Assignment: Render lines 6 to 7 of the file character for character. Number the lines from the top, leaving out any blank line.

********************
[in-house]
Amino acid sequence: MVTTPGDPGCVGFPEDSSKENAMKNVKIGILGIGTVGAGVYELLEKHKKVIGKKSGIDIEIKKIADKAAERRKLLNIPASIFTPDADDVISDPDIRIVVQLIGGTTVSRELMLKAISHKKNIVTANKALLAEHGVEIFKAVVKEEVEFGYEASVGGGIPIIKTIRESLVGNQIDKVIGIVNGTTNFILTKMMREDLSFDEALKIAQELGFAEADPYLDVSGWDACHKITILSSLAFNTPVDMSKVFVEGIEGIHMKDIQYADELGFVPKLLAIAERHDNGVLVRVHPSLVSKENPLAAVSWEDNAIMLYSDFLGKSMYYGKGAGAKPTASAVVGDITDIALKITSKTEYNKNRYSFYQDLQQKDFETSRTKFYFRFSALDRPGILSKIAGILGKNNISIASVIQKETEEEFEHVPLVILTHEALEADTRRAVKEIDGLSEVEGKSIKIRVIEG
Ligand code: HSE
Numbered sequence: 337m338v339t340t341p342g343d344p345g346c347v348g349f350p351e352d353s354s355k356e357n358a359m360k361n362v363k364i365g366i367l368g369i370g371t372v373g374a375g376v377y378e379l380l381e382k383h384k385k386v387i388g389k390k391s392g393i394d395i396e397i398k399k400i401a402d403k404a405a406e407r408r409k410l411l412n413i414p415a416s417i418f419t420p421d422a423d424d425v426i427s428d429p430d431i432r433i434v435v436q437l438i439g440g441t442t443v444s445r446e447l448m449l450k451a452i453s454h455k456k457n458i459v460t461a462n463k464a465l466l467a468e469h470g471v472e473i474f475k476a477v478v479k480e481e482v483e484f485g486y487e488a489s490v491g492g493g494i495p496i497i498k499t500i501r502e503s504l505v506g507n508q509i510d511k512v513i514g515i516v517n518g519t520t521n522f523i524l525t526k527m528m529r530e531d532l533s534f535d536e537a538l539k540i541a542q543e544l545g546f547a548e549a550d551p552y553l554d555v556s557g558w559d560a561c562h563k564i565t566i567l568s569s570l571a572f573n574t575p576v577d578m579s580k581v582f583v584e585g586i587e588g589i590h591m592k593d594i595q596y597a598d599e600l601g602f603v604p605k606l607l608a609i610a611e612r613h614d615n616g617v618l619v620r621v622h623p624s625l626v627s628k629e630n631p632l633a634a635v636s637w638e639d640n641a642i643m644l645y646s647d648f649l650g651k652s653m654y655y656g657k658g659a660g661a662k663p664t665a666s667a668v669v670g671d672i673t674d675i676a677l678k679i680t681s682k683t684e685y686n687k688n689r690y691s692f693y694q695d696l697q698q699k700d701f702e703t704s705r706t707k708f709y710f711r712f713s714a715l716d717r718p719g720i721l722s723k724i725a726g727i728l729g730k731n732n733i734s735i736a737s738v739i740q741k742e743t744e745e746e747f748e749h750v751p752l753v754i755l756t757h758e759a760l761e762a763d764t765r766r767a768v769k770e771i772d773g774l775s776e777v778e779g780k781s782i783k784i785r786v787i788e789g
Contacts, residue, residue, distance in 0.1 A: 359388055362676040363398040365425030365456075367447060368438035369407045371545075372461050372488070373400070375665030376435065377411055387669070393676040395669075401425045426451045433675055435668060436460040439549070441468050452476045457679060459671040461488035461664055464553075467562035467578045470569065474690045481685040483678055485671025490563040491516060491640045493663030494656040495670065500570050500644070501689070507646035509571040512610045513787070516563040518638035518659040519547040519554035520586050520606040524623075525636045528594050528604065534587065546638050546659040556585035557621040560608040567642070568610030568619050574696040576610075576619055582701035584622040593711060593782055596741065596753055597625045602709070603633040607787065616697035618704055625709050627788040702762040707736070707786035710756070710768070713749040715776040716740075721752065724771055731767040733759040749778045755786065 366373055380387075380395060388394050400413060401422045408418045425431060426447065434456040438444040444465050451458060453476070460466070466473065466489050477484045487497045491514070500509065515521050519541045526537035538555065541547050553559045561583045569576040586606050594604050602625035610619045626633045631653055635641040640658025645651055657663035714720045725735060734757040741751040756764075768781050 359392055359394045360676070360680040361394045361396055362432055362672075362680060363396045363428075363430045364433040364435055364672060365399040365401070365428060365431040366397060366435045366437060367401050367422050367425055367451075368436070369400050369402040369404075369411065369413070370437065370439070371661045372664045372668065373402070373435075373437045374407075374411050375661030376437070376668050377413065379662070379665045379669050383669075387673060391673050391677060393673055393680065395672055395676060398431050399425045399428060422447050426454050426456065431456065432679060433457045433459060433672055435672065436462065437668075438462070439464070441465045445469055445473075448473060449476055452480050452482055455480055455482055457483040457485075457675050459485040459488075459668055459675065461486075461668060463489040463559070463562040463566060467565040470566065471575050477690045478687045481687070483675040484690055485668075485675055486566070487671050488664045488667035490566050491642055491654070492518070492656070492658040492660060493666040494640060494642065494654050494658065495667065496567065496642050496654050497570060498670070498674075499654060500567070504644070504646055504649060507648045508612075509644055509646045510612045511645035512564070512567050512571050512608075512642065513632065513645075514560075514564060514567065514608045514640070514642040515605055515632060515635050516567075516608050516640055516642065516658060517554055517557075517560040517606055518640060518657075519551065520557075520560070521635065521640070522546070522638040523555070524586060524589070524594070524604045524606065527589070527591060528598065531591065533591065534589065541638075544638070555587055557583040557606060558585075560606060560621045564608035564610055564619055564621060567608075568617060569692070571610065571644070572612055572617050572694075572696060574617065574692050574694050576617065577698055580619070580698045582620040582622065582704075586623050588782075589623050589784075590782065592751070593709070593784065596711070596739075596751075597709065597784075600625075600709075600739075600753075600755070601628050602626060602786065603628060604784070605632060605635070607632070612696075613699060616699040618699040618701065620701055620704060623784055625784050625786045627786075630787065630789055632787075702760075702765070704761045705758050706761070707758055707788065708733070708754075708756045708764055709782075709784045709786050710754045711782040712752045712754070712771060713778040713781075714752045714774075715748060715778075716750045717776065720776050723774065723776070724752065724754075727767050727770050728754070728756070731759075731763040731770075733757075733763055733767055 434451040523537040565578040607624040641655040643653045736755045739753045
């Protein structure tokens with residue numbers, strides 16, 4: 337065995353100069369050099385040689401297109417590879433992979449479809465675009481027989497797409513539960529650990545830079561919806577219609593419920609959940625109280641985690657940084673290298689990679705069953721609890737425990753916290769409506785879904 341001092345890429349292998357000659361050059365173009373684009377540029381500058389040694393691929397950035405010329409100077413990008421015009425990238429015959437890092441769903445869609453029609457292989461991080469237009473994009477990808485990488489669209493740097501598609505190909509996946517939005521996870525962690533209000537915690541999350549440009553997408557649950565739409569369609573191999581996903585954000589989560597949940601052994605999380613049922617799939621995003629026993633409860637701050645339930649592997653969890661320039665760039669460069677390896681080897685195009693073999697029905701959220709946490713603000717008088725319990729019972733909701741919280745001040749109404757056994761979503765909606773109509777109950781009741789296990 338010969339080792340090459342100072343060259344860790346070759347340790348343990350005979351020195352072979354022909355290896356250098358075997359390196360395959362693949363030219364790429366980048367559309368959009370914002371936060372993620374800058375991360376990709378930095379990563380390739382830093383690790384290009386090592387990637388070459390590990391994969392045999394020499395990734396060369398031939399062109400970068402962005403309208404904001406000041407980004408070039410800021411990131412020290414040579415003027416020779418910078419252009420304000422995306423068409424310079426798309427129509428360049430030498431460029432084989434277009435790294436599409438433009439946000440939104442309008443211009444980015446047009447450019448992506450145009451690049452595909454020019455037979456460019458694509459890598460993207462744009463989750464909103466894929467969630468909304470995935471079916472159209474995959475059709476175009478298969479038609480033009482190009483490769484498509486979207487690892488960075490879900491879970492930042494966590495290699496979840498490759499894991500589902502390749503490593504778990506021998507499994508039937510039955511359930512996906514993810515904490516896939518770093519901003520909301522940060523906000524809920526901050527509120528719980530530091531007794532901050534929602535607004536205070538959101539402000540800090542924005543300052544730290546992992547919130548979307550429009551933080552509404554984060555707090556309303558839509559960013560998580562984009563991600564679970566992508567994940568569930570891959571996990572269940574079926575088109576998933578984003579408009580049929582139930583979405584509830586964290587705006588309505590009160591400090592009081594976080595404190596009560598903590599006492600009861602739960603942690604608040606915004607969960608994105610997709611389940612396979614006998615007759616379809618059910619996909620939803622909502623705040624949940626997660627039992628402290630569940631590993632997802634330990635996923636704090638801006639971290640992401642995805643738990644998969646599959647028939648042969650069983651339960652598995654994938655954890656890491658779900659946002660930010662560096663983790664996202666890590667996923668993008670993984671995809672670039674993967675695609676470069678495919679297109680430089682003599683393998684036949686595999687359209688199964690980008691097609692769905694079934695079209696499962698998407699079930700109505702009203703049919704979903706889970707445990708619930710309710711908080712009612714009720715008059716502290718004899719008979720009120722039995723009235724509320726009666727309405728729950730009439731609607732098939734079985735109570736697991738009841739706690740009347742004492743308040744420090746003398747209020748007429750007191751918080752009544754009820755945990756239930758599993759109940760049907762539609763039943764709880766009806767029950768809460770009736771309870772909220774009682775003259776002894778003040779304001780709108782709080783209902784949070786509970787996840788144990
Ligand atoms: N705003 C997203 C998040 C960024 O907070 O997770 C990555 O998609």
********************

């Protein structure tokens with residue numbers, strides 16, 4: 337065995353100069369050099385040689401297109417590879433992979449479809465675009481027989497797409513539960529650990545830079561919806577219609593419920609959940625109280641985690657940084673290298689990679705069953721609890737425990753916290769409506785879904 341001092345890429349292998357000659361050059365173009373684009377540029381500058389040694393691929397950035405010329409100077413990008421015009425990238429015959437890092441769903445869609453029609457292989461991080469237009473994009477990808485990488489669209493740097501598609505190909509996946517939005521996870525962690533209000537915690541999350549440009553997408557649950565739409569369609573191999581996903585954000589989560597949940601052994605999380613049922617799939621995003629026993633409860637701050645339930649592997653969890661320039665760039669460069677390896681080897685195009693073999697029905701959220709946490713603000717008088725319990729019972733909701741919280745001040749109404757056994761979503765909606773109509777109950781009741789296990 338010969339080792340090459342100072343060259344860790346070759347340790348343990350005979351020195352072979354022909355290896356250098358075997359390196360395959362693949363030219364790429366980048367559309368959009370914002371936060372993620374800058375991360376990709378930095379990563380390739382830093383690790384290009386090592387990637388070459390590990391994969392045999394020499395990734396060369398031939399062109400970068402962005403309208404904001406000041407980004408070039410800021411990131412020290414040579415003027416020779418910078419252009420304000422995306423068409424310079426798309427129509428360049430030498431460029432084989434277009435790294436599409438433009439946000440939104442309008443211009444980015446047009447450019448992506450145009451690049452595909454020019455037979456460019458694509459890598460993207462744009463989750464909103466894929467969630468909304470995935471079916472159209474995959475059709476175009478298969479038609480033009482190009483490769484498509486979207487690892488960075490879900491879970492930042494966590495290699496979840498490759499894991500589902502390749503490593504778990506021998507499994508039937510039955511359930512996906514993810515904490516896939518770093519901003520909301522940060523906000524809920526901050527509120528719980530530091531007794532901050534929602535607004536205070538959101539402000540800090542924005543300052544730290546992992547919130548979307550429009551933080552509404554984060555707090556309303558839509559960013560998580562984009563991600564679970566992508567994940568569930570891959571996990572269940574079926575088109576998933578984003579408009580049929582139930583979405584509830586964290587705006588309505590009160591400090592009081594976080595404190596009560598903590599006492600009861602739960603942690604608040606915004607969960608994105610997709611389940612396979614006998615007759616379809618059910619996909620939803622909502623705040624949940626997660627039992628402290630569940631590993632997802634330990635996923636704090638801006639971290640992401642995805643738990644998969646599959647028939648042969650069983651339960652598995654994938655954890656890491658779900659946002660930010662560096663983790664996202666890590667996923668993008670993984671995809672670039674993967675695609676470069678495919679297109680430089682003599683393998684036949686595999687359209688199964690980008691097609692769905694079934695079209696499962698998407699079930700109505702009203703049919704979903706889970707445990708619930710309710711908080712009612714009720715008059716502290718004899719008979720009120722039995723009235724509320726009666727309405728729950730009439731609607732098939734079985735109570736697991738009841739706690740009347742004492743308040744420090746003398747209020748007429750007191751918080752009544754009820755945990756239930758599993759109940760049907762539609763039943764709880766009806767029950768809460770009736771309870772909220774009682775003259776002894778003040779304001780709108782709080783209902784949070786509970787996840788144990
Ligand atoms: N705003 C997203 C998040 C960024 O907070 O997770 C990555 O998609």